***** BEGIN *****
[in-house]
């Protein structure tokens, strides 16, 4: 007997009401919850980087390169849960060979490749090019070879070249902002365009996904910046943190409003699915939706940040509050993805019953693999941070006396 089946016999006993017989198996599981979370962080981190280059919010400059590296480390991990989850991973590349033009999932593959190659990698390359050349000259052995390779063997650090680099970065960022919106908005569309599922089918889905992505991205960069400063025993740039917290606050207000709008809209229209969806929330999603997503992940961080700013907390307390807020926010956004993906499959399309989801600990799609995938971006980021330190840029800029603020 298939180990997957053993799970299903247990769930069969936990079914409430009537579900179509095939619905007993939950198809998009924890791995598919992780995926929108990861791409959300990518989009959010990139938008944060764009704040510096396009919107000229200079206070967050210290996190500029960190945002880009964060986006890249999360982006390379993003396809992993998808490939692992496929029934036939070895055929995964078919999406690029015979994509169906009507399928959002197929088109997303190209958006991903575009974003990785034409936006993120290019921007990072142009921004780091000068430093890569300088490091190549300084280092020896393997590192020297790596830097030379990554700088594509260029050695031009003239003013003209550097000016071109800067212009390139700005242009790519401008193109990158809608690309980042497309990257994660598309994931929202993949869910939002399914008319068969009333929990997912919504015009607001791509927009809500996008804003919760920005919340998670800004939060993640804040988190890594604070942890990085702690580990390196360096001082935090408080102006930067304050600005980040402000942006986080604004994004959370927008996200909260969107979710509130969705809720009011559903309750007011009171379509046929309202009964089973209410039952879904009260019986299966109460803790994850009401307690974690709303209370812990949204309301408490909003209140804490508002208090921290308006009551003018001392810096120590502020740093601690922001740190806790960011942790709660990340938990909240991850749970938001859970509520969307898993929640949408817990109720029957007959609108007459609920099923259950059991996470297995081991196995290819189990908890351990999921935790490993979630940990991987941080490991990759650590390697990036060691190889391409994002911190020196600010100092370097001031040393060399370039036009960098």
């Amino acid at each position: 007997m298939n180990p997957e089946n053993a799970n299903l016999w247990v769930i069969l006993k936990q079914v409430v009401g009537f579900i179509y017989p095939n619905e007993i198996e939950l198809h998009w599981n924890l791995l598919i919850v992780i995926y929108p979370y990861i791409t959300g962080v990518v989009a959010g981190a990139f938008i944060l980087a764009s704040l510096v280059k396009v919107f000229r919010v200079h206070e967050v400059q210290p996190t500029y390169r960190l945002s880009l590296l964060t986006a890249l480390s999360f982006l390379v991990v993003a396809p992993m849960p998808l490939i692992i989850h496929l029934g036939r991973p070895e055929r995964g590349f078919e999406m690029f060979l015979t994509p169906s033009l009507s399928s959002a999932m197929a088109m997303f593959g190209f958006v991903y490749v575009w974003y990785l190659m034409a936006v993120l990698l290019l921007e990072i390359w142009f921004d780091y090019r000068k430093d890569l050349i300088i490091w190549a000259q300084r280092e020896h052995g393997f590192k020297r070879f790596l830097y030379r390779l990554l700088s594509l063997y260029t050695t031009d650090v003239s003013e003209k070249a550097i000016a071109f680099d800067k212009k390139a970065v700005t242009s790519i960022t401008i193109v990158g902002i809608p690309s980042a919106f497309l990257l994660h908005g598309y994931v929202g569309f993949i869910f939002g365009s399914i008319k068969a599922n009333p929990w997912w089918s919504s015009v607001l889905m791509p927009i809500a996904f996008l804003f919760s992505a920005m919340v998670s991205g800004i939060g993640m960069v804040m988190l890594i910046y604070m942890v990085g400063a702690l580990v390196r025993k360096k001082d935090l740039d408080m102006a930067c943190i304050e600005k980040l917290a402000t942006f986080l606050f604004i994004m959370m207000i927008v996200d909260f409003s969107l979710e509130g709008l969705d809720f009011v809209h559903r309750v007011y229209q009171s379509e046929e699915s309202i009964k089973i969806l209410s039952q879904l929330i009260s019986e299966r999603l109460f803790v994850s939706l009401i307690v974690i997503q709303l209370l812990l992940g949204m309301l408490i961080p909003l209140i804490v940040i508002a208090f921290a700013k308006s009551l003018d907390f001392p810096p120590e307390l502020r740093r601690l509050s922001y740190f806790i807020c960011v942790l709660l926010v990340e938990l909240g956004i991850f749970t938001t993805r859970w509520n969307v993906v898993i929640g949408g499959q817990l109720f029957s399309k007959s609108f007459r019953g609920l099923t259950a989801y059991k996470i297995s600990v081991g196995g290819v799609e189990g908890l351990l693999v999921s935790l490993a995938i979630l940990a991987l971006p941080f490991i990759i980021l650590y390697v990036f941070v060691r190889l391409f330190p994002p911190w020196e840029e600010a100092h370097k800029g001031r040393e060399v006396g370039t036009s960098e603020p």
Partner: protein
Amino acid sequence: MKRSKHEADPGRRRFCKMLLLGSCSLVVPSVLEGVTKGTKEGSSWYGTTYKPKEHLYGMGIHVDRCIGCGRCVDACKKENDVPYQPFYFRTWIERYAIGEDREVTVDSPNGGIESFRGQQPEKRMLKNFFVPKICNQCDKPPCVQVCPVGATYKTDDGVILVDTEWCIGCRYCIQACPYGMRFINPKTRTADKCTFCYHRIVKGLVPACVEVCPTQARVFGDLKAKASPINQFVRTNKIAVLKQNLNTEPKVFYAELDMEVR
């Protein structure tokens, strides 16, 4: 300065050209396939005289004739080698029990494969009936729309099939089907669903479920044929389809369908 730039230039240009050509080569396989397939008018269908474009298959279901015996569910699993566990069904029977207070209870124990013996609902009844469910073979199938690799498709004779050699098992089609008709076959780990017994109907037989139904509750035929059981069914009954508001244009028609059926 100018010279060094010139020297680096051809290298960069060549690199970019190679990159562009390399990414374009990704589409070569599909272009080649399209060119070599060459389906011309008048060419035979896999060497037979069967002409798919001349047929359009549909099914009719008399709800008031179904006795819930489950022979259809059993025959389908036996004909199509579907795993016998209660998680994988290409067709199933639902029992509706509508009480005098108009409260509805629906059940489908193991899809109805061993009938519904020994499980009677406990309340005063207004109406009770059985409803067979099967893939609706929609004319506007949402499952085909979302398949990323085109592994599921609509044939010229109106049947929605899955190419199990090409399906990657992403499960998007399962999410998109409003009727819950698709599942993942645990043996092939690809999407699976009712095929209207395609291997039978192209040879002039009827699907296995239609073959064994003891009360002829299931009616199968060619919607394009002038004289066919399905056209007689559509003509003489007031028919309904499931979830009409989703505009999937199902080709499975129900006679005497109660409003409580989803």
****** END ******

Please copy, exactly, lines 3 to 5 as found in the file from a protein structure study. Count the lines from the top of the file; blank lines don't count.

């Amino acid at each position: 007997m298939n180990p997957e089946n053993a799970n299903l016999w247990v769930i069969l006993k936990q079914v409430v009401g009537f579900i179509y017989p095939n619905e007993i198996e939950l198809h998009w599981n924890l791995l598919i919850v992780i995926y929108p979370y990861i791409t959300g962080v990518v989009a959010g981190a990139f938008i944060l980087a764009s704040l510096v280059k396009v919107f000229r919010v200079h206070e967050v400059q210290p996190t500029y390169r960190l945002s880009l590296l964060t986006a890249l480390s999360f982006l390379v991990v993003a396809p992993m849960p998808l490939i692992i989850h496929l029934g036939r991973p070895e055929r995964g590349f078919e999406m690029f060979l015979t994509p169906s033009l009507s399928s959002a999932m197929a088109m997303f593959g190209f958006v991903y490749v575009w974003y990785l190659m034409a936006v993120l990698l290019l921007e990072i390359w142009f921004d780091y090019r000068k430093d890569l050349i300088i490091w190549a000259q300084r280092e020896h052995g393997f590192k020297r070879f790596l830097y030379r390779l990554l700088s594509l063997y260029t050695t031009d650090v003239s003013e003209k070249a550097i000016a071109f680099d800067k212009k390139a970065v700005t242009s790519i960022t401008i193109v990158g902002i809608p690309s980042a919106f497309l990257l994660h908005g598309y994931v929202g569309f993949i869910f939002g365009s399914i008319k068969a599922n009333p929990w997912w089918s919504s015009v607001l889905m791509p927009i809500a996904f996008l804003f919760s992505a920005m919340v998670s991205g800004i939060g993640m960069v804040m988190l890594i910046y604070m942890v990085g400063a702690l580990v390196r025993k360096k001082d935090l740039d408080m102006a930067c943190i304050e600005k980040l917290a402000t942006f986080l606050f604004i994004m959370m207000i927008v996200d909260f409003s969107l979710e509130g709008l969705d809720f009011v809209h559903r309750v007011y229209q009171s379509e046929e699915s309202i009964k089973i969806l209410s039952q879904l929330i009260s019986e299966r999603l109460f803790v994850s939706l009401i307690v974690i997503q709303l209370l812990l992940g949204m309301l408490i961080p909003l209140i804490v940040i508002a208090f921290a700013k308006s009551l003018d907390f001392p810096p120590e307390l502020r740093r601690l509050s922001y740190f806790i807020c960011v942790l709660l926010v990340e938990l909240g956004i991850f749970t938001t993805r859970w509520n969307v993906v898993i929640g949408g499959q817990l109720f029957s399309k007959s609108f007459r019953g609920l099923t259950a989801y059991k996470i297995s600990v081991g196995g290819v799609e189990g908890l351990l693999v999921s935790l490993a995938i979630l940990a991987l971006p941080f490991i990759i980021l650590y390697v990036f941070v060691r190889l391409f330190p994002p911190w020196e840029e600010a100092h370097k800029g001031r040393e060399v006396g370039t036009s960098e603020p």
Partner: protein
Amino acid sequence: MKRSKHEADPGRRRFCKMLLLGSCSLVVPSVLEGVTKGTKEGSSWYGTTYKPKEHLYGMGIHVDRCIGCGRCVDACKKENDVPYQPFYFRTWIERYAIGEDREVTVDSPNGGIESFRGQQPEKRMLKNFFVPKICNQCDKPPCVQVCPVGATYKTDDGVILVDTEWCIGCRYCIQACPYGMRFINPKTRTADKCTFCYHRIVKGLVPACVEVCPTQARVFGDLKAKASPINQFVRTNKIAVLKQNLNTEPKVFYAELDMEVR